While Newcastle United were slightly hamstrung by having little space to play with on the wage front, how long they waited to sign Joe Willock is hugely frustrating.
Indeed, Mark Douglas recently pointed out that the club did have an opportunity to ensure they weren’t dragged into a relegation battle by bringing in new players (as well as potentially sacking Steve Bruce), and Willock’s early form has answered many of the midfield problems the team had been enduring until his arrival.
Prior to his signing, finding a link between midfield and attack proved a major problem. It was something lamented by Chris Waugh of The Athletic and naturally had the team relying solely on Callum Wilson to score goals, particularly in the absences of Allan Saint-Maximin and Ryan Fraser.
There appeared to be a distinct lack of energy in the middle of the park and only Jeff Hendrick (2 goals, 1 assist) and Jonjo Shelvey (1 goal, 1 assist) were able to contribute from central midfield going forward. In a defensive sense, no one in that part of the pitch averaged over 1.2 tackles per game (Shelvey, via WhoScored) considering Isaac Hayden was largely playing in defence.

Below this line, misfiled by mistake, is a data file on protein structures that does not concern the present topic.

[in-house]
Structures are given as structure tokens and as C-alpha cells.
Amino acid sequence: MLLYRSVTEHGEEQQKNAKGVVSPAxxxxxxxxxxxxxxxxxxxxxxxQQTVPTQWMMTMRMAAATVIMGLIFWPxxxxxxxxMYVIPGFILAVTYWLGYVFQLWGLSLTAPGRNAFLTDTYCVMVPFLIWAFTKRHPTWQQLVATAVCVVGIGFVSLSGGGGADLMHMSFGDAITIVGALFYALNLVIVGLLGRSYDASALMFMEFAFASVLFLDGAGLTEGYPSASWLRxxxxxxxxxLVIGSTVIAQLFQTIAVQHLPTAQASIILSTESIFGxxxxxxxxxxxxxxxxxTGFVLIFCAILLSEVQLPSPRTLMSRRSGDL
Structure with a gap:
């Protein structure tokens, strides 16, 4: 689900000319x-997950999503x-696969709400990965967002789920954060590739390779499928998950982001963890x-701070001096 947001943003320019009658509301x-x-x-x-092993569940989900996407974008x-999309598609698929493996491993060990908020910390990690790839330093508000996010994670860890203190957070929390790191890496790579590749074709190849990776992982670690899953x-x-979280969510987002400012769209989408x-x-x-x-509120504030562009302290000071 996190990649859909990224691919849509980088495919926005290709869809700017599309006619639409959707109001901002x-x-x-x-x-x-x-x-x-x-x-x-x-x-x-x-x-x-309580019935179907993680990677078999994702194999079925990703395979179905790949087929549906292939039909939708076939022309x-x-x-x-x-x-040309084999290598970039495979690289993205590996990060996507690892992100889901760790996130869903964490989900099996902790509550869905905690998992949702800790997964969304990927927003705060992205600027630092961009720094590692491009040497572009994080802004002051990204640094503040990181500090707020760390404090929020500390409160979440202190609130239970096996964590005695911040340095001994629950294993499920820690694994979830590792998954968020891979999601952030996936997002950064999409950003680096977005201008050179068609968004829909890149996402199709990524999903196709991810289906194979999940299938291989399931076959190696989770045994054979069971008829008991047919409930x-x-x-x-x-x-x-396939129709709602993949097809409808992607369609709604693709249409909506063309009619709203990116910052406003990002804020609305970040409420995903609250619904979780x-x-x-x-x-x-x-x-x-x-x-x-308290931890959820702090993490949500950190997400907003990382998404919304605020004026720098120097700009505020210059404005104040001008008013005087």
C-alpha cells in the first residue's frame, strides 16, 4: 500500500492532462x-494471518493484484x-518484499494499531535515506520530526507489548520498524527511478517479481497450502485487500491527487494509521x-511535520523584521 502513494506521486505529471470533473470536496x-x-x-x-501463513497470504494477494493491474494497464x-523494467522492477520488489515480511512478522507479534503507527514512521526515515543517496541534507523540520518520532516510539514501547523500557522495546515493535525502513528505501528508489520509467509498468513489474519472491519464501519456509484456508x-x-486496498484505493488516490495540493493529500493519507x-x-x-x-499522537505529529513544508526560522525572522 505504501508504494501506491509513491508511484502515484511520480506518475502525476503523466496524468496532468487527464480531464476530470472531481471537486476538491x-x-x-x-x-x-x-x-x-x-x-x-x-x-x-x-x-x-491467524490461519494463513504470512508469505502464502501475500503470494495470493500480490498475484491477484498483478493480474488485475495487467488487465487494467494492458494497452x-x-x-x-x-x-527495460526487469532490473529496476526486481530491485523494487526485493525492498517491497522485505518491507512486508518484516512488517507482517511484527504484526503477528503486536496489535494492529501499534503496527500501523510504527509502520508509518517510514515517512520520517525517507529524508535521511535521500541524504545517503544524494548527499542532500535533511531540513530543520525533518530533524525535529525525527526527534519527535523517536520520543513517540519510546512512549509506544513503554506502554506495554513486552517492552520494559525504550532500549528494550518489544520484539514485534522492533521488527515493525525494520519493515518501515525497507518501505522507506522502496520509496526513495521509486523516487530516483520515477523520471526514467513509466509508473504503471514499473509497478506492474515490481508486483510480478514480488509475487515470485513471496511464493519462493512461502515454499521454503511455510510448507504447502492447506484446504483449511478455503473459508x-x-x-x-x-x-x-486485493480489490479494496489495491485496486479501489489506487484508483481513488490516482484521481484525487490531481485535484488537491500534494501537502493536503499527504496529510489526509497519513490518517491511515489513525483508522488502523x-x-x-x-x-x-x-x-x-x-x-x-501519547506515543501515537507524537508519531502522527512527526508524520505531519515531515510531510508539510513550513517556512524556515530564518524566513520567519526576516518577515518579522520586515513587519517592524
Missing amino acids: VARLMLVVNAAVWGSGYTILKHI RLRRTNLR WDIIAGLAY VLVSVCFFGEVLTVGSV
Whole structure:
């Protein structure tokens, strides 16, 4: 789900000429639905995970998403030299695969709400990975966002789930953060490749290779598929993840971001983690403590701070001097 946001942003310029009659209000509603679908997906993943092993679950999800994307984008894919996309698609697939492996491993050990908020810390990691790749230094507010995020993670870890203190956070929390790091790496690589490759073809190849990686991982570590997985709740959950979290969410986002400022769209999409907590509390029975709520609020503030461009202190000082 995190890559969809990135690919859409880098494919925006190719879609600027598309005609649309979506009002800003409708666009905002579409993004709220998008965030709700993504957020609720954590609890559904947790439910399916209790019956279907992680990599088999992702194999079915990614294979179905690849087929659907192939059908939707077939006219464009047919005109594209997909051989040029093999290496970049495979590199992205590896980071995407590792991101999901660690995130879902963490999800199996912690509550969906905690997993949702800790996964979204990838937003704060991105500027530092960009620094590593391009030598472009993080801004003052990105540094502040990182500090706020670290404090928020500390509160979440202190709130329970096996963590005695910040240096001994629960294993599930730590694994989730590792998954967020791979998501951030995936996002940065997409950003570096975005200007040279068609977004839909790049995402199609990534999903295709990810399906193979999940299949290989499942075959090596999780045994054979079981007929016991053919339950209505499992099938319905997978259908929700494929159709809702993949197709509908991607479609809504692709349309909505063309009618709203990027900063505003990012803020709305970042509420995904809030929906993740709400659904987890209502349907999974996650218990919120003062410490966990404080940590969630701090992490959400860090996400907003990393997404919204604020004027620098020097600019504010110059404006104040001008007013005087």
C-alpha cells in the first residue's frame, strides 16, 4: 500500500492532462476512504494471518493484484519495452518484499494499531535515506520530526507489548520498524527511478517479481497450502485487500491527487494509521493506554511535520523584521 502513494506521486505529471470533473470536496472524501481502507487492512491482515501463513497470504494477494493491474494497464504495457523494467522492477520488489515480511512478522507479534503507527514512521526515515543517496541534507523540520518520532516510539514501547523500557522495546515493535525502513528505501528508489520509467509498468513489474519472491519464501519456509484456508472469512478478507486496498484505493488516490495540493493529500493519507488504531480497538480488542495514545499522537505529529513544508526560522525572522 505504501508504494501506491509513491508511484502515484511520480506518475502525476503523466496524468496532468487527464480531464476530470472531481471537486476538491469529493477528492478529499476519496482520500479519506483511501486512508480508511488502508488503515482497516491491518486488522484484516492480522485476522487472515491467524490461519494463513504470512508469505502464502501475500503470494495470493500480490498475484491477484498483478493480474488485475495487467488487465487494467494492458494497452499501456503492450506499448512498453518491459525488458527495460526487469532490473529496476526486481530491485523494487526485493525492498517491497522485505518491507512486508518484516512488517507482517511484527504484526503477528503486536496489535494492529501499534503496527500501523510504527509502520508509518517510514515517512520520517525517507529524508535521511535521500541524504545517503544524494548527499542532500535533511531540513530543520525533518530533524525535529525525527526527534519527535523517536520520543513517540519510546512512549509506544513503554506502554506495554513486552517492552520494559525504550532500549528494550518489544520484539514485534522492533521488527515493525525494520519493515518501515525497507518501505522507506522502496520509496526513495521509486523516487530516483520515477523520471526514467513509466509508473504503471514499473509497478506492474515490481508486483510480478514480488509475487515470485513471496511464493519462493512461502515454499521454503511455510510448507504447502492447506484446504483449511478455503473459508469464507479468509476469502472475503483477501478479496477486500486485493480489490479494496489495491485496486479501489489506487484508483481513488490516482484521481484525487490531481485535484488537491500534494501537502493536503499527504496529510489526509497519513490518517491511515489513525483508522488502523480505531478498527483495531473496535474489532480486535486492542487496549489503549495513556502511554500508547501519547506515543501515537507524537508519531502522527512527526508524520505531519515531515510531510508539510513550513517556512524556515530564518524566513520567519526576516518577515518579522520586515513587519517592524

Well, Willock has changed that and, frustratingly, he could have been signed earlier because he would not have taken up a place in the 25-man squad thanks to his status as a homegrown player.
The Arsenal loanee is already averaging 3.7 tackles and has emerged as one of Bruce’s best pressers, making 11.4 actions per game in the middle of the park, bettered by only Matty Longstaff (via FBRef). Given that he averages the most in the final third too (7.59 actions per game) and is also helping on the attacking front, it’s a wonder where Newcastle would have been had they answered their painstakingly obvious midfield problems sooner.
Only Wilson and Saint-Maximin average more carries into the opposition penalty area than Willock (0.69 per 90) who is getting shots off in dangerous areas too (the average distance for his shots is 8.7 yards from the opposing goal, with only Federico Fernandez ahead of him that metric) so some of the frustrating results in tight games we’ve seen since the opening of the January window may have been different.
Obviously, football doesn’t always work out like that but given how well Newcastle played in the second-half against a Leeds side who were then on a bad run of form, or how well they started against Crystal Palace towards the end of the month, having a presence capable of winning the ball back before driving forward to offer more of a threat alongside Wilson would have given Bruce’s side a much stronger chance of winning.
Sadly, Newcastle left it too late again. Hopefully, the consequences won’t be too dire.